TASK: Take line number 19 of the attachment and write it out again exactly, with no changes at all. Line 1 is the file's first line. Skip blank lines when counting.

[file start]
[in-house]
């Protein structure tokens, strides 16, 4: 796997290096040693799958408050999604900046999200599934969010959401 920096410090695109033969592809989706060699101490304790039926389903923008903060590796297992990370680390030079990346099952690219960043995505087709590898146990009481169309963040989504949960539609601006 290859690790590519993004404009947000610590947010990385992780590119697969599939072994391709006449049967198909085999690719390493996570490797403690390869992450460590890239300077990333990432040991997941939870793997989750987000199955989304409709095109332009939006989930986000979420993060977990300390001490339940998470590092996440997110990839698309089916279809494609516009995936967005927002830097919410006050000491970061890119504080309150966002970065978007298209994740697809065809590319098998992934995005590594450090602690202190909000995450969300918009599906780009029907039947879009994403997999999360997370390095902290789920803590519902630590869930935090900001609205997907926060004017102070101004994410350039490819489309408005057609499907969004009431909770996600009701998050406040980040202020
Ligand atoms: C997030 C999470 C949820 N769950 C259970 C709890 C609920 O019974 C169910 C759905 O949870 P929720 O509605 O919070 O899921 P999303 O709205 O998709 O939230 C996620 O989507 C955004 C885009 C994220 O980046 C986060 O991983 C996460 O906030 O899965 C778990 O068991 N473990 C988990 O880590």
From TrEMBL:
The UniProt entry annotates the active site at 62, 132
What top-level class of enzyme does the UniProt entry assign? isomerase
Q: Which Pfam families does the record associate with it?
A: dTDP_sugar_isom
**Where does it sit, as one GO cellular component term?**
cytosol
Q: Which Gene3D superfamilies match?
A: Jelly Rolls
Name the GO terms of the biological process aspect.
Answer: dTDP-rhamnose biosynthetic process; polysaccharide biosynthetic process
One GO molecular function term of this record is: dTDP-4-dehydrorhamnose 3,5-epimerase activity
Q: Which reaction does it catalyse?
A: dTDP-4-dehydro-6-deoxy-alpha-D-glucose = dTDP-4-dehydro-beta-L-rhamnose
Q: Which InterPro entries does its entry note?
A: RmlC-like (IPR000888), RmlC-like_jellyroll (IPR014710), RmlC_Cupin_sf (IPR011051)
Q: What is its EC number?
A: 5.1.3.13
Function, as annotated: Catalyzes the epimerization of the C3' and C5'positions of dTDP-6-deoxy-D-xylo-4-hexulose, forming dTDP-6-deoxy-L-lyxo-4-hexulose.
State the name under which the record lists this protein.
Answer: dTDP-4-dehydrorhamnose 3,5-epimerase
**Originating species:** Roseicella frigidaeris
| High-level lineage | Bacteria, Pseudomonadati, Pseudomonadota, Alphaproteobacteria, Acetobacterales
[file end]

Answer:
A: RmlC-like (IPR000888), RmlC-like_jellyroll (IPR014710), RmlC_Cupin_sf (IPR011051)